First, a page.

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Front Page - Friday, April 28, 2023

Book review: Can’t work through it? 4 ways to work around it

Point A to Point B. That’s the route a map will take you. It’s how plans are written, but sometimes you know that’s not how life goes.

A meandering path offers better vistas. A circuitous drive might be faster. You can assemble small parts before putting together the big ones. In “The Four Workarounds,” author Paulo Savaget explains why a straight line isn’t the only direction to go.

The problem you’ve got is a thorny one.

You’ve thought about it and can’t quite figure out a solution, one that’s inexpensive and doable. We “often follow conventional wisdom, which streamlines our responses to daily tasks,” Savaget says, which means we often miss (or “dismiss”) solutions that could work better. Sometimes, a workaround – or “a creative, flexible, imperfection-loving, problem-solving approach” – is the answer.

There are, he says, four workaround methods, which he describes as “piggyback, loophole, roundabout and next best.”

The piggyback is a workaround that describes when “symbiotic relationships leverage” that which already exists. Savaget cites a company that took advantage of Coca Cola deliveries in Africa to send life-saving medication to impoverished areas. Advertisers, he says, particularly love piggybacking.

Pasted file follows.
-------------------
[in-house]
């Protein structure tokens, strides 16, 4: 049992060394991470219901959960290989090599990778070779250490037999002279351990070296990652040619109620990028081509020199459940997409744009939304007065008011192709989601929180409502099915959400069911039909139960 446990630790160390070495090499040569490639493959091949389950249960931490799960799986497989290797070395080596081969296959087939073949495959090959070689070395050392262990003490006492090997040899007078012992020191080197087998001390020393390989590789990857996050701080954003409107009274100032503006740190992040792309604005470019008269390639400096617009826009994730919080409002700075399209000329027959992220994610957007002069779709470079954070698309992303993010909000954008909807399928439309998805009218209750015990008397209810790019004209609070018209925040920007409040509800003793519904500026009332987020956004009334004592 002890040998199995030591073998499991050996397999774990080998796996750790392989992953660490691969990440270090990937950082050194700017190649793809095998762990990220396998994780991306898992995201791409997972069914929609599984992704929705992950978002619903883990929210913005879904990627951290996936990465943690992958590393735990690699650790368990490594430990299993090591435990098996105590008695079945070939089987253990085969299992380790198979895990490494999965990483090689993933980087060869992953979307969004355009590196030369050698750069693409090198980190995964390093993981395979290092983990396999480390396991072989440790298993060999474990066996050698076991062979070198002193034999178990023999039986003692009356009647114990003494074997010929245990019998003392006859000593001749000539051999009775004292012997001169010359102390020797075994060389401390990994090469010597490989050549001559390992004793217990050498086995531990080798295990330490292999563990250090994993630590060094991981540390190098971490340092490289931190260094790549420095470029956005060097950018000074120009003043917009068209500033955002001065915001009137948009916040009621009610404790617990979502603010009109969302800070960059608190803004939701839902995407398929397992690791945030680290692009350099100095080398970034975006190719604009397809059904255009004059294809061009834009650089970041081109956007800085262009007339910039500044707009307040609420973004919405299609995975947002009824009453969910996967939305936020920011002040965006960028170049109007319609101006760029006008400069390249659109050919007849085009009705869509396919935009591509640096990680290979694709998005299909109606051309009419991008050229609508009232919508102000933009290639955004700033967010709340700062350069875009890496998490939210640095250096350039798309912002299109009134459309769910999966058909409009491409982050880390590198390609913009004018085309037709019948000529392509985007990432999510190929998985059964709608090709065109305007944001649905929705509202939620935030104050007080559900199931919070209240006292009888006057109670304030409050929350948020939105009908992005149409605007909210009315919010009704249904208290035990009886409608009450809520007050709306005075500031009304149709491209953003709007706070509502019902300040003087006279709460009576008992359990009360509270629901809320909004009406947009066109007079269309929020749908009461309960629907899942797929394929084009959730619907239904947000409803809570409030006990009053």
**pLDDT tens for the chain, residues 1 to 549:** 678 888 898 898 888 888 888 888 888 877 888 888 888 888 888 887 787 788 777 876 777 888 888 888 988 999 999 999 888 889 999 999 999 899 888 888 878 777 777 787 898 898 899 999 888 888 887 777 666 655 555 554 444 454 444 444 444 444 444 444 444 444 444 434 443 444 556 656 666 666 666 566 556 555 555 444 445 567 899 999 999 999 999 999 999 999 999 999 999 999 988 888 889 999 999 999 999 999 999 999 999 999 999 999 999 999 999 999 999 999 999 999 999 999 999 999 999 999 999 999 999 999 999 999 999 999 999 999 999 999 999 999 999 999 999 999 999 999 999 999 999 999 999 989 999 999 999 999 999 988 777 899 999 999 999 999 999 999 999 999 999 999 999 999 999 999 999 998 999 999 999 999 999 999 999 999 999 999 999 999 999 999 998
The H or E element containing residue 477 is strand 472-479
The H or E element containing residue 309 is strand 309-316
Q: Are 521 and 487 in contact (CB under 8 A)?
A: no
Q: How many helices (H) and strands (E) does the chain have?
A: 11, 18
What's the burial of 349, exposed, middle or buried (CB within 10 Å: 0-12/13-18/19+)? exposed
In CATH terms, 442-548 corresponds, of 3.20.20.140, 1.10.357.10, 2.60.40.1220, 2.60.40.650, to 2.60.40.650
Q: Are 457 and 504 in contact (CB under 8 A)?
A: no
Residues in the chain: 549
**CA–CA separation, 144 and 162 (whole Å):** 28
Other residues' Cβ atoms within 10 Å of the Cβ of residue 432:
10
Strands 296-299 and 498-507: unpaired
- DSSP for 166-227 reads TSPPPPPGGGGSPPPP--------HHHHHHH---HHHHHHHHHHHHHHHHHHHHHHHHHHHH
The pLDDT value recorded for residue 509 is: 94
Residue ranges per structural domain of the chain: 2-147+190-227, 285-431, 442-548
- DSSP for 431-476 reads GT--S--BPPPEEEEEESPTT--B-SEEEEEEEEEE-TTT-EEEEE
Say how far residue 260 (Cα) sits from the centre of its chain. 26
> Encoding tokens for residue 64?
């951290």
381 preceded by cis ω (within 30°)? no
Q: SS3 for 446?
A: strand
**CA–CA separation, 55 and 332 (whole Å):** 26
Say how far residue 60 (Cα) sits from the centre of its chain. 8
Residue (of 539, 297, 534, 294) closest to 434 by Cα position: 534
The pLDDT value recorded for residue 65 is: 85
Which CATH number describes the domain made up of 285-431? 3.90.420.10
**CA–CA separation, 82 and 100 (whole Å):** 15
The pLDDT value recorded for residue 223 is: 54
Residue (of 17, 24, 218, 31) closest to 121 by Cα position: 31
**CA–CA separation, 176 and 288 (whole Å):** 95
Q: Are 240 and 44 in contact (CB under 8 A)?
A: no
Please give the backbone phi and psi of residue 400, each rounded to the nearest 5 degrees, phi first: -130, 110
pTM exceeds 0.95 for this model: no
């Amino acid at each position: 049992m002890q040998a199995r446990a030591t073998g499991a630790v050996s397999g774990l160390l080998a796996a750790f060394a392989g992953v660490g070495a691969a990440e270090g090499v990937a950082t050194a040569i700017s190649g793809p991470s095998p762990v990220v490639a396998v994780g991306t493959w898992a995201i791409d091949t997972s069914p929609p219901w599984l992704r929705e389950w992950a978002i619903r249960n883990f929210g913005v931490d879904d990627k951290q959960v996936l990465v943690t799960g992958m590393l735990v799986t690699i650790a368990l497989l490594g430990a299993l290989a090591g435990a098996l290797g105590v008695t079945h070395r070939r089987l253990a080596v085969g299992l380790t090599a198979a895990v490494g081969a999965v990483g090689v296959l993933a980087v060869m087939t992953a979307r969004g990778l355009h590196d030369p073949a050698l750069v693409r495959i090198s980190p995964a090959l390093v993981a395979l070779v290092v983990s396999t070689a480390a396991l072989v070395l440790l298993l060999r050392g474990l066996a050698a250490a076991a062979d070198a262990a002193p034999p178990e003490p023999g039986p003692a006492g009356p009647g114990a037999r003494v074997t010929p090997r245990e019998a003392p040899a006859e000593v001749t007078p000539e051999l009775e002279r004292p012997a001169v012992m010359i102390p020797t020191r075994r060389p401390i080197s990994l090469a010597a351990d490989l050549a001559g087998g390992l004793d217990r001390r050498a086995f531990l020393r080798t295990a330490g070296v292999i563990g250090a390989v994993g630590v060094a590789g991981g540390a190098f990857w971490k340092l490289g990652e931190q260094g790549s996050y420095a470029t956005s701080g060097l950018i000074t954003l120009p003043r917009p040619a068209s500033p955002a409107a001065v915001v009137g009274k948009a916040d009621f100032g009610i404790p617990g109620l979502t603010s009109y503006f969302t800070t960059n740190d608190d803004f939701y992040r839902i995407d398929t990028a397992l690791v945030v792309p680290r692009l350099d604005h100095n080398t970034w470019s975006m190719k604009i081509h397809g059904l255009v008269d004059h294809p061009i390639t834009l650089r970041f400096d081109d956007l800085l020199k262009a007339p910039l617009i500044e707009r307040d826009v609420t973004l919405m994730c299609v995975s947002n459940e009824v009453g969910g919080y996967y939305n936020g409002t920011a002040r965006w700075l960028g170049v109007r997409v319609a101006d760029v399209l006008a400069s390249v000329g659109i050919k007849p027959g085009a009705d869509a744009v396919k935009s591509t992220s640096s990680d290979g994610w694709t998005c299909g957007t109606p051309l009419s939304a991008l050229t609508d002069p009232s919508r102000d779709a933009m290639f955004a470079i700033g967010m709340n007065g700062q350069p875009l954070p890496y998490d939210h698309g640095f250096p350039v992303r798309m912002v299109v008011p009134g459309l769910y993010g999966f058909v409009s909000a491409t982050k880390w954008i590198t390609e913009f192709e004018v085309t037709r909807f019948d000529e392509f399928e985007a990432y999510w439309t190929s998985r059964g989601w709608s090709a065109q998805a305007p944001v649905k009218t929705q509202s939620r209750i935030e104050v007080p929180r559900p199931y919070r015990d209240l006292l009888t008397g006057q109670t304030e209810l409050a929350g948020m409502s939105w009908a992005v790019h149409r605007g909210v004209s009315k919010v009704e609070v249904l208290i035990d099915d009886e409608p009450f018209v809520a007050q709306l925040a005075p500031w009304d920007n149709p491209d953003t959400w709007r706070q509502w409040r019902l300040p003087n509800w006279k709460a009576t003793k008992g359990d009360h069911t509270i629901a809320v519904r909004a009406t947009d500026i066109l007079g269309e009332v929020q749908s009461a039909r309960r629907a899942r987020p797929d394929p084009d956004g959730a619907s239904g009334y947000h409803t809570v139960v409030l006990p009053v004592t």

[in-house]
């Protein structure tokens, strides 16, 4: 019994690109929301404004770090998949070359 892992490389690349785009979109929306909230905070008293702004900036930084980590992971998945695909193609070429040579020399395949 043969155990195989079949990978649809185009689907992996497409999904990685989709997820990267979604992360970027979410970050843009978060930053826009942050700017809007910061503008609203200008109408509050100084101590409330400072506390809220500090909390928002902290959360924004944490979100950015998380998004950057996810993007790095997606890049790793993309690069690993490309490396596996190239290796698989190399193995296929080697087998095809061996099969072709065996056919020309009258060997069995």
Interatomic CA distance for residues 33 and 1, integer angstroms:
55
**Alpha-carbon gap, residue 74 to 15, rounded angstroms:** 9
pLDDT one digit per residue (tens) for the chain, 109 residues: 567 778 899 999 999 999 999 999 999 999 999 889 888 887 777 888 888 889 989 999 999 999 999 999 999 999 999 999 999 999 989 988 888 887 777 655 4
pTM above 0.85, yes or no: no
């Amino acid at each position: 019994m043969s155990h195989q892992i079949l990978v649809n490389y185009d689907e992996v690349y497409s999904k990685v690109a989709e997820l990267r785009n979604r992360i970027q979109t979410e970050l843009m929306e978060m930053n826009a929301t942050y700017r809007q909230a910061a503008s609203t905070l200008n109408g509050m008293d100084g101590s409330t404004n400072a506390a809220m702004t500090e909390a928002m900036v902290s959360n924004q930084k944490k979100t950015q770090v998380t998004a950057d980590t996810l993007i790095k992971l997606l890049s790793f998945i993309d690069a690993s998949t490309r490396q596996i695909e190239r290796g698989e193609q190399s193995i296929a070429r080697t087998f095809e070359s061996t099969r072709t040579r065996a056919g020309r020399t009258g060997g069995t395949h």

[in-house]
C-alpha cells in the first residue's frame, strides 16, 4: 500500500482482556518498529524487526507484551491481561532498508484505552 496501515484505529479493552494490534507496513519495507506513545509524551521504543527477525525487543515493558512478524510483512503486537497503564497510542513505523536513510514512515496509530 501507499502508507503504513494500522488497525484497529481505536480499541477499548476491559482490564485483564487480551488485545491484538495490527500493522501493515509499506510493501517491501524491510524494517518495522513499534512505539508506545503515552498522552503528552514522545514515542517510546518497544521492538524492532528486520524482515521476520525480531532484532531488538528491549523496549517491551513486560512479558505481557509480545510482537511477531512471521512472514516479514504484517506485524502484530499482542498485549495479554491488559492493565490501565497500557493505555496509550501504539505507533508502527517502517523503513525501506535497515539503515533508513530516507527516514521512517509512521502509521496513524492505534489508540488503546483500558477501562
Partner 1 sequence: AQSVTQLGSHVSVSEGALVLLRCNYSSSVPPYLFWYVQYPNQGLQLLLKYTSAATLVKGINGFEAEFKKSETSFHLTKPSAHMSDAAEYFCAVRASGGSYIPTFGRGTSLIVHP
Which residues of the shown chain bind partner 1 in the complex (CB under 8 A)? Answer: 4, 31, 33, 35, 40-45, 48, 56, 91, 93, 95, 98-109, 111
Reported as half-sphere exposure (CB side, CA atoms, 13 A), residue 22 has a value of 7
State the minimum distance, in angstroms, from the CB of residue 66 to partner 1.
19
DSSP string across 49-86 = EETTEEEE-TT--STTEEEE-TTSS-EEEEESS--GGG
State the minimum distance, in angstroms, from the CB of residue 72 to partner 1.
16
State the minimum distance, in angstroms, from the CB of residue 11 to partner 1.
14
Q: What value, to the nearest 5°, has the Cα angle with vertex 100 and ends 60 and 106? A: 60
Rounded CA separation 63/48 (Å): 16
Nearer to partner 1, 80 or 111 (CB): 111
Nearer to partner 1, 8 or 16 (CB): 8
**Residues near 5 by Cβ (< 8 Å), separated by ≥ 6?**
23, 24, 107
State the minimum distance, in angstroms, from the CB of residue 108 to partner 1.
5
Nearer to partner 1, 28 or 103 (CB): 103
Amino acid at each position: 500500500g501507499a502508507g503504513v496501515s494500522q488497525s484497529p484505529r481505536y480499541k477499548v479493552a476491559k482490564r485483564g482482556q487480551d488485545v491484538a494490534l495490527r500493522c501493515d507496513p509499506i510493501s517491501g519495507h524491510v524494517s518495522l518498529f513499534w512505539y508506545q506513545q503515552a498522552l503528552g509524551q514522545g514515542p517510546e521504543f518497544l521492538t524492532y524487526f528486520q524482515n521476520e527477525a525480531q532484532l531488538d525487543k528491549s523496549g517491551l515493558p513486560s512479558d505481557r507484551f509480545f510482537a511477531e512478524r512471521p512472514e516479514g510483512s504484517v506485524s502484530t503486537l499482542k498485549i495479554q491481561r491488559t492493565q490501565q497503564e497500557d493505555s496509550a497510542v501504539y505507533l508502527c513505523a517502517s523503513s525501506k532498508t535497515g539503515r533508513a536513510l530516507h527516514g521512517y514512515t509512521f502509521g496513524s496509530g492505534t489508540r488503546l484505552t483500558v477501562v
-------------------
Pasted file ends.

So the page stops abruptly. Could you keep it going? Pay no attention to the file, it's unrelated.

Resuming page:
Loophole workarounds work when “rules do (and don’t) say we can benefit from their inadequacies to circumvent or otherwise avoid their purpose.” Activists, lawyers and tech people are big fans of a loophole workaround, even though, Savaget points out, there might be moral issues with it.

If you’ve ever used a rubber band on your wrist to stop a bad habit, you’re familiar with a roundabout workaround. These “workarounds disturb and redirect positive feedback loops, which lead to self-reinforced behaviors.” Social movements are big users of roundabout workarounds.

Finally, next best workarounds use repurposing as a fix, focusing “on alternatives that are available but largely ignored.”

“Workarounds,” Savaget says, are “like playing.” The “building blocks” are in front of you. “Your challenge is to build something.”

Confoundingly, “The Four Workarounds,” a book about making complex problems simple, is anything but simple.

The author dives deeply into his subject, citing examples with such ease that readers who are unaware of the represented companies may find themselves perplexed and unsure. Any further explaining of the information on each individual workaround can make things better – or, more often, they can make things more muddled. It’s going to take some serious thought, therefore, to understand how workarounds can translate to your business or your life.

Fortunately, Savaget’s examples are not staid or stuffy, and he wraps up each chapter well. Also helpful: the last half of the book puts the workarounds in motion. Still, readers should be willing to jump backward and forward in this book, in order to ensure maximum benefits.

While this book seems aimed at business owners and managers, it also contains useful ideas for anyone who’s creative and nimbly savvy enough to want to find new ways of doing old things. Think of “The Four Workarounds” as a book of hacks, and make a beeline for it.

Terri Schlichenmeyer’s reviews of business books are read in more than 260 publications in the U.S. and Canada.